Complementary and alternative medicine (CAM) are no substitutes for the regular treatment of multiple sclerosis (MS), however, they are becoming more common among patients as a way of alleviating the symptoms of the disease. Massage therapy is an example of that. 36-year-old Jessica Rich is a patient who embraced the new trend.
Massage therapy can lower pain levels up to 50 percent over a three-month period in patients who undergo in ten weeks of treatment, according to a study published at the Multiple Sclerosis Journal, and recently covered on Digital Journal. Stress is one of the triggers of the disease, and massages can improve the health and life-quality of patients, as a complement to the medication prescribed by physicians.
“Massage therapy is a well-being approach for addressing body, mind and spirit. Along with stress reduction, massage therapy can help to increase flexibility and reduce muscle stiffness caused by spasticity,” explained Winston Moore, Regional Director of Therapist Development for Massage Envy Spas in Washington, D.C., Maryland and Northern Virginia, one of the centers that offers treatment for MS patients.
“Massage therapy is also very effective at increasing deep sleep, as touch itself has been known to create positive feelings such as comfort and care. And with more deep sleep, you have less pain,” says Tiffany Field, Ph.D., of the University of Miami’s Touch Research Institute.
However, Jessica Rich, who was diagnosed this year, is pursuing alternative therapy for her MS in an even more radical way. She didn’t want to be treated with conventional medical treatment and prescription drugs, since she doesn’t believe that traditional Western medicine can treat patients holistically and has concerns regarding potential side effects of standard MS therapies. Rich looked for a traditional Chinese doctor who could treat her with herbs, but also sought out other alternative medicine experts such as a naturopath, medic intuitive, and energy healer.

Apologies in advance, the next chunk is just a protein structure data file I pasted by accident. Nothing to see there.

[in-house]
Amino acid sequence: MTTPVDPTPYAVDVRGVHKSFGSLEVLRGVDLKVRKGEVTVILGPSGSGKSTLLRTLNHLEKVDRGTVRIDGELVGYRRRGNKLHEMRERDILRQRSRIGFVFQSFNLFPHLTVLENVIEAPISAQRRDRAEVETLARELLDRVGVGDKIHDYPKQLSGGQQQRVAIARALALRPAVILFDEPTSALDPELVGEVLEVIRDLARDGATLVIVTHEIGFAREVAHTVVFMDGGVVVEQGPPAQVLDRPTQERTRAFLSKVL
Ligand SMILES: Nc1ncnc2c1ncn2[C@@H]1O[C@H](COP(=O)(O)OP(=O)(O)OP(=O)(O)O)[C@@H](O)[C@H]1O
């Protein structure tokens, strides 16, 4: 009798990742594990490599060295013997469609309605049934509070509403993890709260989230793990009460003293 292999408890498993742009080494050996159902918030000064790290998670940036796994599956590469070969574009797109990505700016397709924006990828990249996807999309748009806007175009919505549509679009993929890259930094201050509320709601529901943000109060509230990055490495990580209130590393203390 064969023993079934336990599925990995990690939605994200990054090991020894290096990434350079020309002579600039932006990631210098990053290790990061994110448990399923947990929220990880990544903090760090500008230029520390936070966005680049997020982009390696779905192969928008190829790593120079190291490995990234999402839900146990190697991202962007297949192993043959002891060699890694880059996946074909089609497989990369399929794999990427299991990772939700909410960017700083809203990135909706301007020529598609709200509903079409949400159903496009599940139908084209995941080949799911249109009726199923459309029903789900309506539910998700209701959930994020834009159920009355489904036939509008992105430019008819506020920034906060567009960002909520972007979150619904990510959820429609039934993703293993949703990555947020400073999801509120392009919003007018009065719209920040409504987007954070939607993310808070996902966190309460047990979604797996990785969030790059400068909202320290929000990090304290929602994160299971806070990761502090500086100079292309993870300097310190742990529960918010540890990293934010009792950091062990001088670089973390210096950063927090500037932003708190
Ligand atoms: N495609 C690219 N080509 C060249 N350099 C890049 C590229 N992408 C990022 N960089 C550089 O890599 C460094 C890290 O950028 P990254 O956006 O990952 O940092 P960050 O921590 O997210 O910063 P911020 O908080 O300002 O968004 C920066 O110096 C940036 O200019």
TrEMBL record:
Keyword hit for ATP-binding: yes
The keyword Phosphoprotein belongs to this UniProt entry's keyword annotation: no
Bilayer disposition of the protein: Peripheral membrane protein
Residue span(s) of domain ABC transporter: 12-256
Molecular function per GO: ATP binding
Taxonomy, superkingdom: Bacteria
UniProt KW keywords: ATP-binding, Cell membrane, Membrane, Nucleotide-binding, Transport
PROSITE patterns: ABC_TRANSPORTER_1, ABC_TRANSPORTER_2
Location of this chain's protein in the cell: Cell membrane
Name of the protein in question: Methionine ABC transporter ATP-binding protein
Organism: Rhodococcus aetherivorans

“When you choose to do something naturally, you’re making an entire lifestyle change. It’s not just popping a pill and calling it a day. You are changing everything — from the time you go to sleep, to every morsel of food you put in your mouth,” explained Rich in an interview to David Koeppel, from the Fiscal Times.
Although most patients are not as extreme and typically choose to use CAM as supplements and not substitutes to conventional therapies, it is among the younger patients that alternative medicine is gaining more popularity. About 11 percent of patients under 30 years old used homeopathic medicine in 2013, which represents an increase of four percent from 2009, according to the Natural Marketing Institute.
“Many people use CAM because they believe that anything sold online or over-the-counter at a pharmacy or health food store is healthy and harmless. But many products that claim to be safe and beneficial may not be. Unlike conventional medical treatments that are thoroughly tested and carefully regulated by the U.S. Food and Drug Administration (FDA), most CAM therapies have undergone very little — if any — scientific study to evaluate their safety and effectiveness,” states the National Multiple Sclerosis Association about the subject.
“So some forms of CAM may be completely safe for a person with MS while others may actually pose significant risks — by producing significant side effects, over-stimulating the person’s immune system or interacting negatively with other medications a person is taking. Some may provide some benefit for a person with MS while others offer no benefit at all,” they added, recommending caution regarding the choice of CAM in treating the disease effectively.
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